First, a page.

Planning: Nature's way

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with the youngest children, bear in mind the unique learning needs of their age, says Jennie Lindon

with the youngest children, bear in mind the unique learning needs of their age, says Jennie Lindon

It helps to plan ahead in your work with very young children. But plans or schedules have to reflect the nature of very early learning. If your under-threes team is tempted to 'water down' an existing curriculum for three- to five- year-olds, just stop and consider:

  • Very young children explore materials in different ways than older children. They are at an earlier stage in gaining physical control and hand-eye co-ordination. They need to have hands-on exploration and the opportunity to 'do it again'.

  • When baby and toddler rooms take on topics and 'pre-school' activities, there is a high risk that under-threes are pushed ahead at speed. Babies cannot make Easter cards to fit in with the nursery topic. Toddlers do not benefit from activities built around the shape of the week or colour tables. They need to experience all the different qualities of the world, long before they can make sense of these abstract ideas and words.

  • There is also the serious disadvantage that a modified three-to-five curriculum will not give enough prominence to the 'care' aspects of provision.

Learning framework

You will reach an appropriate planning framework if you consider the broad areas of early learning.

  • How will we support early communication? How do we ensure that we notice and respond to the earliest looks and smiles; how will we help listening and looking; how will we talk with babies, and with one-, two- and three-year-olds as their spoken language emerges and extends?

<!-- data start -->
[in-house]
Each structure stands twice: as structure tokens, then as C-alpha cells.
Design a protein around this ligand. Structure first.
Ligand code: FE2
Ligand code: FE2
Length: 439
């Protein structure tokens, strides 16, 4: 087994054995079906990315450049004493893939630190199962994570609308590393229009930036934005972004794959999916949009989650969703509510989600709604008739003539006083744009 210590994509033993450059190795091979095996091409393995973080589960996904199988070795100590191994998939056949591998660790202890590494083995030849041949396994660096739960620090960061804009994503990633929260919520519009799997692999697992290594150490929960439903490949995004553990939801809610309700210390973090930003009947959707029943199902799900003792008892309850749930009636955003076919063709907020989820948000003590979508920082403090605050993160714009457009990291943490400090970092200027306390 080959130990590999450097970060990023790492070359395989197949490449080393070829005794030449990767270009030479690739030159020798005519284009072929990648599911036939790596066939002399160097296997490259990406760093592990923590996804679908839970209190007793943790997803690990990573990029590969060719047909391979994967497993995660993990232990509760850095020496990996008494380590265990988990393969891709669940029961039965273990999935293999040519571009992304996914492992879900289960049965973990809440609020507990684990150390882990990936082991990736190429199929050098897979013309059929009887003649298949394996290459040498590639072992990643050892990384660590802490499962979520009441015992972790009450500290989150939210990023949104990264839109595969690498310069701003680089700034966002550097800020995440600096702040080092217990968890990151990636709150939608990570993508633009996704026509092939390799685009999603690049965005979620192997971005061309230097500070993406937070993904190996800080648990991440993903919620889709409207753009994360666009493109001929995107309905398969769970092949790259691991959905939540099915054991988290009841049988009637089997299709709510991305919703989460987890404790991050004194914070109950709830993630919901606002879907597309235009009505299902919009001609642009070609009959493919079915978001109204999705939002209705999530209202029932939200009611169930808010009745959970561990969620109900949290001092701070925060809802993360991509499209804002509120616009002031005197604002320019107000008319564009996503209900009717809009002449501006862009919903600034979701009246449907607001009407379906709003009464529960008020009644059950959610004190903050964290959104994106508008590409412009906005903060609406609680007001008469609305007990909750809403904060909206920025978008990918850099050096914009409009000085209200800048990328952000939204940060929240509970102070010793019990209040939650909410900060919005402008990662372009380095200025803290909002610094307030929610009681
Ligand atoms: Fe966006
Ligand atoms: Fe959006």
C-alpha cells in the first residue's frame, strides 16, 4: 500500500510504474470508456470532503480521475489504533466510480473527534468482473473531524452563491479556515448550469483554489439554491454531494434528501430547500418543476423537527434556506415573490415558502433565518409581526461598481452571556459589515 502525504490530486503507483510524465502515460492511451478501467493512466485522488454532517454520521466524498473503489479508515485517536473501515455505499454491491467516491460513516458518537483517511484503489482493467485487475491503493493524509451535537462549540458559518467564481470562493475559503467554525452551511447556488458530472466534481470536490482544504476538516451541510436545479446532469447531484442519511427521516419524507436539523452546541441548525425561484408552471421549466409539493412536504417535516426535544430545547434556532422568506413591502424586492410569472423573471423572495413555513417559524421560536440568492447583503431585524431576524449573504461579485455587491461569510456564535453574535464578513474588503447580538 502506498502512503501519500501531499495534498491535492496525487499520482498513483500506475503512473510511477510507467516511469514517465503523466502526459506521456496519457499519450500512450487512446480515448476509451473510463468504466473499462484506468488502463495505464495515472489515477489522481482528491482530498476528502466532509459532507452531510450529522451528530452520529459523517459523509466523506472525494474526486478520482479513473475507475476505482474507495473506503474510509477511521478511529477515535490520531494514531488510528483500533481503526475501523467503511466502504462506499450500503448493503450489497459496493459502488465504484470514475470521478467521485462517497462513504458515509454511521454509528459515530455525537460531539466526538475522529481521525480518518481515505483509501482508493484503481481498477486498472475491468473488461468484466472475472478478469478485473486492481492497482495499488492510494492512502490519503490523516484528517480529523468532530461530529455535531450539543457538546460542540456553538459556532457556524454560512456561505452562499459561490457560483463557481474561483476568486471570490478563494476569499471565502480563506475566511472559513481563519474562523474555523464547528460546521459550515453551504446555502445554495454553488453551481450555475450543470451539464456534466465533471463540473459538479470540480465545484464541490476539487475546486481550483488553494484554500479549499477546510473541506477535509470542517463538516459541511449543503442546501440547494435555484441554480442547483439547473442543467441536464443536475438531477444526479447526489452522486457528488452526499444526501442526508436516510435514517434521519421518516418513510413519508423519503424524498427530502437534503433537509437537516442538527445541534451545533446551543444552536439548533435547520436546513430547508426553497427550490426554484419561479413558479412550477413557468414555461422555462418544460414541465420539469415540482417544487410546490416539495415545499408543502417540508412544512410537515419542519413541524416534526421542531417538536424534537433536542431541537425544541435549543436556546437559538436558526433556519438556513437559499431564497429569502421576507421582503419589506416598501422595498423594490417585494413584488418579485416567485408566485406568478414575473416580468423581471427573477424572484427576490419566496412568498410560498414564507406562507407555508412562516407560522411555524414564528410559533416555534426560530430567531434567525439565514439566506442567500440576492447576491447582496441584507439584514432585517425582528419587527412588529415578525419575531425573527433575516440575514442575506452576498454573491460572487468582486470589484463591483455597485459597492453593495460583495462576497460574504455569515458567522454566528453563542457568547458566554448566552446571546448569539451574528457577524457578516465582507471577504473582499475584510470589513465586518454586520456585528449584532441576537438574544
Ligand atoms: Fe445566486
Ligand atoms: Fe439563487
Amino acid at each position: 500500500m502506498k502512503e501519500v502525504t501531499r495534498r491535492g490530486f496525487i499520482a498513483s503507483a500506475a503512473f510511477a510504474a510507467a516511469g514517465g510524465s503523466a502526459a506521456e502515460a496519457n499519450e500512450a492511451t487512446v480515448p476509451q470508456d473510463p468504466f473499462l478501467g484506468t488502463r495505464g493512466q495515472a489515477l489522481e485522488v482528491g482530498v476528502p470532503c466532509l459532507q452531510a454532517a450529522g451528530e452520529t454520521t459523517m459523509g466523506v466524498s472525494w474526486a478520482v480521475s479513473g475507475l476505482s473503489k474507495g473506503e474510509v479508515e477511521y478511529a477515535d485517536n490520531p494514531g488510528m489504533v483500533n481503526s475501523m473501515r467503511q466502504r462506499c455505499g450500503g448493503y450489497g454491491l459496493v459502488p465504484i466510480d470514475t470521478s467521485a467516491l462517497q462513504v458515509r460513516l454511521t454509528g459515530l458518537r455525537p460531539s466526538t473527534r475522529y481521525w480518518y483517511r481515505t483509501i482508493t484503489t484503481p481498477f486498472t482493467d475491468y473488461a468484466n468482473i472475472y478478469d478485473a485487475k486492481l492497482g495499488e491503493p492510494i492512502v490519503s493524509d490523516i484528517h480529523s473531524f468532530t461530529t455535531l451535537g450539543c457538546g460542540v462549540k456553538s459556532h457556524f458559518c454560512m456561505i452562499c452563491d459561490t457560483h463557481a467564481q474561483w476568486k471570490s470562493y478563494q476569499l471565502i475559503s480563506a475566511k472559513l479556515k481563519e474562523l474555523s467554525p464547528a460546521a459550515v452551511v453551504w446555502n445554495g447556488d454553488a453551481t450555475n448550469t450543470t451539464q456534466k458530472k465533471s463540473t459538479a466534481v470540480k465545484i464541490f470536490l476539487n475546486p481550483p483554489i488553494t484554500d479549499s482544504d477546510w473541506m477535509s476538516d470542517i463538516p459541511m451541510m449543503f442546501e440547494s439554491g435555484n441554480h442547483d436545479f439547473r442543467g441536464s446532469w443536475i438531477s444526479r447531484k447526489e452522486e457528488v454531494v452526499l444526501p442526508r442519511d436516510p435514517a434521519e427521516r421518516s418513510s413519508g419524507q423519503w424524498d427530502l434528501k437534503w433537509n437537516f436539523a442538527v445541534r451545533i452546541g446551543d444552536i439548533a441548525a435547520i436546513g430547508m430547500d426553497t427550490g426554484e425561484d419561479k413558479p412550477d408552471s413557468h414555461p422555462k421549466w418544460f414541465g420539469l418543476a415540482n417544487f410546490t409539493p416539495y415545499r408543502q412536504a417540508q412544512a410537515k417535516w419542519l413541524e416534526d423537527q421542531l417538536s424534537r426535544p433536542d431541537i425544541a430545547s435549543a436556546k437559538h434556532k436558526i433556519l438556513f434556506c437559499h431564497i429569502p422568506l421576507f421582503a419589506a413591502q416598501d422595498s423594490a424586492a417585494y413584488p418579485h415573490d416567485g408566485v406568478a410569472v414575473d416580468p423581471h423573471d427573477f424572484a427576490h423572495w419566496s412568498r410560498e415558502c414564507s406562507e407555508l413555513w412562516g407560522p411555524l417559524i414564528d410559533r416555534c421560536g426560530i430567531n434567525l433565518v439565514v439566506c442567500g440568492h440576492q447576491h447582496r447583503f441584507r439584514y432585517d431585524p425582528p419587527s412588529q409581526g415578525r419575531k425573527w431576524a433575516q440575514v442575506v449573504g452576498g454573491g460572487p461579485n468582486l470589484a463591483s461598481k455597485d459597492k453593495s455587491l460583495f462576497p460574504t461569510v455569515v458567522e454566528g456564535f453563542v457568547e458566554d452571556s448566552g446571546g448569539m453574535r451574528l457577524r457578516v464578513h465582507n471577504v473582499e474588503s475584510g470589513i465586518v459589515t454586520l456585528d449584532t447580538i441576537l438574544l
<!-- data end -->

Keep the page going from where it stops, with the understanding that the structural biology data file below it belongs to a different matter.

• In what ways will we value physical skills, avoiding any sense that they are the poor relation to intellectual or language development? How will we help babies to gain physical control? In what ways will we enable young children to gain and use all the large and fine movements?

  • How will we help babies, toddlers and very young children in their emotional development? Just what does confidence look like in a very young child and how will we help it to grow? How do we show that we cherish this baby as an individual or this two-year- old as a small person with views and preferences?

  • How will we help children to develop socially? Do we make it easy for very young children to get to know their key worker? Do we promote ways in which they can get to know other children, and do we value how very young children play together?

  • In what ways do we encourage self- reliance? Do we allow relaxed time for even very young children to relish sharing in their own care? In what ways do we organise the learning environment and make play resources accessible to young children, so they can choose within their play?

  • How do we recognise and encourage the early thinking skills of under- threes? How do we support their effective learning through hands-on exploration and following their curiosity? In what ways do we share and promote their growing interest in the world around them?

Care routines

Definitely look for the good-quality care theme that runs through all the early learning questions.

  • Consider the opportunities for warm communication and building a personal relationship that can develop as part of feeding, changing and dressing routines.

  • What aspects of children's early development are being fully supported when you encourage them in appropriate ways towards self care in feeding, dressing and becoming toilet trained?

  • Routines matter, and even very young children like to feel they have a genuine part to play. Consider how being treated as a trusted helper at mealtimes, in tidying up the room or in tending the garden could promote children's confidence and support physical, thinking and communication skills.